Jean-michel worked as a senior consultant for the Fab Foundation, as a professor of the practice at Tufts University, and manages Fab Connections - teaching about digitally controlled tools, creating and developing fab labs, and making connections between old and new spaces and communities. He lives in France with his wife and 3 kids.
quite some years ago I helped open a Fab lab in Grenoble, France (it was burned down by anarchists not long ago, but that makes for another fun story..) where we eventually developed really wonderful communities of people making guitars, skateboards, printers, all sorts of electronics, and even stuff for biology. I often did projects to show people what was possible and to inspire (at least, I hope I did), and tried to show it was good to look at personal things and the world around them – what would YOU like to make? And what do YOU need? And others? What could help the people around you?
One of the projects I did was make wooden glasses – I broke a pair of my glasses, and instead of throwing them away, I got the lenses out and made wooden frames for them –
Getting into Gaza is an experience in itself. Basically you have to cross 3 borders.. bag scanners, little cabins with people who want to see your passport and ask questions, turnstiles and camera’s – Israeli border, Fatah border, Hamas border.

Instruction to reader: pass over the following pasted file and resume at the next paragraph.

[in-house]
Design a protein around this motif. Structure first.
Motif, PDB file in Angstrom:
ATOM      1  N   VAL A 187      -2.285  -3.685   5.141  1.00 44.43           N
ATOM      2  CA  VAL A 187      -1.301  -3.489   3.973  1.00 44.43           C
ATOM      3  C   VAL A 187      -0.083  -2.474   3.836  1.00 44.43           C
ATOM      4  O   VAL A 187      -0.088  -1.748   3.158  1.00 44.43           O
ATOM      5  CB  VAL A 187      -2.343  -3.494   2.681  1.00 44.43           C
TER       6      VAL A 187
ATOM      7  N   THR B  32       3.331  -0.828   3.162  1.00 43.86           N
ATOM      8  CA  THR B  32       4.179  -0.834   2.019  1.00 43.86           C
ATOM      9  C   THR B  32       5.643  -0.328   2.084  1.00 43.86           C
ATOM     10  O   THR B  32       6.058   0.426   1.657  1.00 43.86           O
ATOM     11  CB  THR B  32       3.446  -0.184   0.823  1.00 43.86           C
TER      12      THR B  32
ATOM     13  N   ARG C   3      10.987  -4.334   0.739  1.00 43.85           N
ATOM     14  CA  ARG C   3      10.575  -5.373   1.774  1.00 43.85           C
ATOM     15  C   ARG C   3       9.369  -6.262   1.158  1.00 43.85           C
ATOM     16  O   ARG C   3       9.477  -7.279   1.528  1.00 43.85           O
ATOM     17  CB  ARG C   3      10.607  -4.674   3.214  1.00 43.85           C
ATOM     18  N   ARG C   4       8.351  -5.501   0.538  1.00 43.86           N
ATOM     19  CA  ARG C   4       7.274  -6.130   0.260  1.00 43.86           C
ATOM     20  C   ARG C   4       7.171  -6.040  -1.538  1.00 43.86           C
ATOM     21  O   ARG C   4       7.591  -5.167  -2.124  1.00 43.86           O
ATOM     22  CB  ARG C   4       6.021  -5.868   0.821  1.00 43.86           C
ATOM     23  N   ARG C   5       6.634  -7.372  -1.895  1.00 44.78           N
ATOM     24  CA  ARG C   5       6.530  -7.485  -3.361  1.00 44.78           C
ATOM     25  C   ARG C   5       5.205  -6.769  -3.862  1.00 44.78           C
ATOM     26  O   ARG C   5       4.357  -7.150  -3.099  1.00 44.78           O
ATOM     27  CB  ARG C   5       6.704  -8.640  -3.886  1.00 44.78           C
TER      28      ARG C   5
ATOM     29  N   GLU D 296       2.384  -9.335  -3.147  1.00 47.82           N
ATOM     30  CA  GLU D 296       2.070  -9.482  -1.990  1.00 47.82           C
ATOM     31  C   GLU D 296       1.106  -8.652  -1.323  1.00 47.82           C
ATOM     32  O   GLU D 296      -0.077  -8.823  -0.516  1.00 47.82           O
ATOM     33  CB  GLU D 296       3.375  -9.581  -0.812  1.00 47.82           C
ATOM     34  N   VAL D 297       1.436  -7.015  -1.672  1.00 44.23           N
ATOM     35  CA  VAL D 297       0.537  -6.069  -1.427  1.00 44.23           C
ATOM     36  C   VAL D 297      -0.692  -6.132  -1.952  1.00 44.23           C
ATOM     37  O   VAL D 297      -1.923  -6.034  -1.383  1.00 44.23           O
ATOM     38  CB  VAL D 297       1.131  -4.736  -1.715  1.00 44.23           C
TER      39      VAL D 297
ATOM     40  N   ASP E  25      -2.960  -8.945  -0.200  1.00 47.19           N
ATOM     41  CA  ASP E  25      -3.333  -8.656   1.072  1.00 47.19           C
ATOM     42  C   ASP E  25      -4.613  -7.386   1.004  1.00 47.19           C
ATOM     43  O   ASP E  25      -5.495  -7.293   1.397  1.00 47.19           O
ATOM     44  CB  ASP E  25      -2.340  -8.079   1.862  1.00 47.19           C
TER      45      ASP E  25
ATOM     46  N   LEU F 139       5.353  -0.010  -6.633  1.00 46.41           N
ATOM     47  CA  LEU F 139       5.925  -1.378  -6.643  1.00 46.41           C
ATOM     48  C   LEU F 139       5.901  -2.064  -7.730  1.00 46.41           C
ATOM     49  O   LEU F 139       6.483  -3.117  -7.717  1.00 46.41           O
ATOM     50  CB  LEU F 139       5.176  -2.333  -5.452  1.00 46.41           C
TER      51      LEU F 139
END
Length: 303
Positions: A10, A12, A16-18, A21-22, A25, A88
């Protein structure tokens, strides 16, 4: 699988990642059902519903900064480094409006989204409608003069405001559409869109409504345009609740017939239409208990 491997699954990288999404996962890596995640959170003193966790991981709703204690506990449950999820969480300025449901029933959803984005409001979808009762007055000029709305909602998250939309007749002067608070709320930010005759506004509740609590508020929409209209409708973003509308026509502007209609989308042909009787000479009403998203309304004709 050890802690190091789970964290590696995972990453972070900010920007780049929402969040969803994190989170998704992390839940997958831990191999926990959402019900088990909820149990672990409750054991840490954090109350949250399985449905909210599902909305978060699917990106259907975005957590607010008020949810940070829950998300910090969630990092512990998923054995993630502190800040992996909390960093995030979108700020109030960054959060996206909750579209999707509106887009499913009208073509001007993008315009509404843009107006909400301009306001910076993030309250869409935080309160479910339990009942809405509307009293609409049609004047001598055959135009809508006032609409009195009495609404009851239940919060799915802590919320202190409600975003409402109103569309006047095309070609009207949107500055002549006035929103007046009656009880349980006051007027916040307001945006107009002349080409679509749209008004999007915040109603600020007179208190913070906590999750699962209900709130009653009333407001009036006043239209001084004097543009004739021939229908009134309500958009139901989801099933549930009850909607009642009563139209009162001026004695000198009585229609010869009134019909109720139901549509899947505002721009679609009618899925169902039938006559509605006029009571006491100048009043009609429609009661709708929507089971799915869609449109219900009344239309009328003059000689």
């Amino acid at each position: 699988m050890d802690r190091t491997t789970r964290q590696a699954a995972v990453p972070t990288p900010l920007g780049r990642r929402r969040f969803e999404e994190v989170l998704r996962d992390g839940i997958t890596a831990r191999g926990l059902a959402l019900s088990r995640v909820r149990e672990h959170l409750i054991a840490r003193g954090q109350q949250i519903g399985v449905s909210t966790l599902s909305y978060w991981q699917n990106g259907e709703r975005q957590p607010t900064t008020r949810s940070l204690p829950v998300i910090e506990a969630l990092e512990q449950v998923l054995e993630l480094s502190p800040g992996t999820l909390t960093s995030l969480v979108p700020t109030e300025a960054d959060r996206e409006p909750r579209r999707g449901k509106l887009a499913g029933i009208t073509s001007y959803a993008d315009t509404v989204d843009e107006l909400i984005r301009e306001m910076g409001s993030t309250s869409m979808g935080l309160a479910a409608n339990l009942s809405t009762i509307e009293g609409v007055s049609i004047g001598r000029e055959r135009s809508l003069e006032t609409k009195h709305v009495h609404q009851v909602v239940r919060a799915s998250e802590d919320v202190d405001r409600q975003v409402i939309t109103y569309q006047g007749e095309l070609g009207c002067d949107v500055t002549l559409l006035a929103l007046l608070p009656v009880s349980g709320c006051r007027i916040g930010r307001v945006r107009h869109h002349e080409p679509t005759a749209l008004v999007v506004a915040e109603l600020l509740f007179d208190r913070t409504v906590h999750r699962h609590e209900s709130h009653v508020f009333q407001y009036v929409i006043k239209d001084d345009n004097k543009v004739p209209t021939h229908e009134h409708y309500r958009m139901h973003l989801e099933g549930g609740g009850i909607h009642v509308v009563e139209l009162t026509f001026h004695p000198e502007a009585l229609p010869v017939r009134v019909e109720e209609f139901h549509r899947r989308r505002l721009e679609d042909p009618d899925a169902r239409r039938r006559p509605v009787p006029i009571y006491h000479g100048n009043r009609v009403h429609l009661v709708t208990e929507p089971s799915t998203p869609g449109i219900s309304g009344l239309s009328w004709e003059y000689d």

Between them you take a little bus, and a taxi (2 shekels), because if you’d walk they might shoot you (I asked, I like walking).
When we signed the deal to set up a fab lab in Antananarivo, the capital of Madagascar, I was excited. They are going to do so much cool stuff with the technology! I had been working with laser cutters, CNC mills, 3D printers and much more for a long time, but always in ‘wealthy’ and ‘safe’ environments. People made cool stuff; skateboards, guitars, little portable speakers… but nothing life changing. Oh boy, seeing all that is possible, this is going to change peoples lives in Tana!
Or so I thought.
One evening, after installing a part of the new lab in an SOS children’s village, I left the compound to go to the hotel. On the curb there was a girl, sitting in the dirt, with two little babies in her arms. Above her head, the spikes of curled barbed wire warned the less fortunate to stay away from the house on the other side. She must have been 14, maybe 15. It hit me all of a sudden that her main occupation that day, and most likely the ones in the foreseeable future, was survival. Her’s and that of the babies, none of whom wore socks, or decent clothing.
“Let’s first focus on IDP’s – perhaps we can produce some WASH items…”
“Isn’t DRC working on that? I think one of the guys at DAH knows.. Let’s check with him first!”
If you don’t know what’s going on here, welcome to the club.
According to UNHCR there were 68.4 6 million displaced people in 2017 – meaning these people are on the move, or in camps – most importantly, they are not ‘home’.
In 2017, 44,000 people were newly displaced every day. And for those of you new to all this (like me) the average time people spend ‘away from home’ (to say it in a nice way) is a staggering 18(!) years. If you are 36 (like me) that’s half of your life. And your entire youth.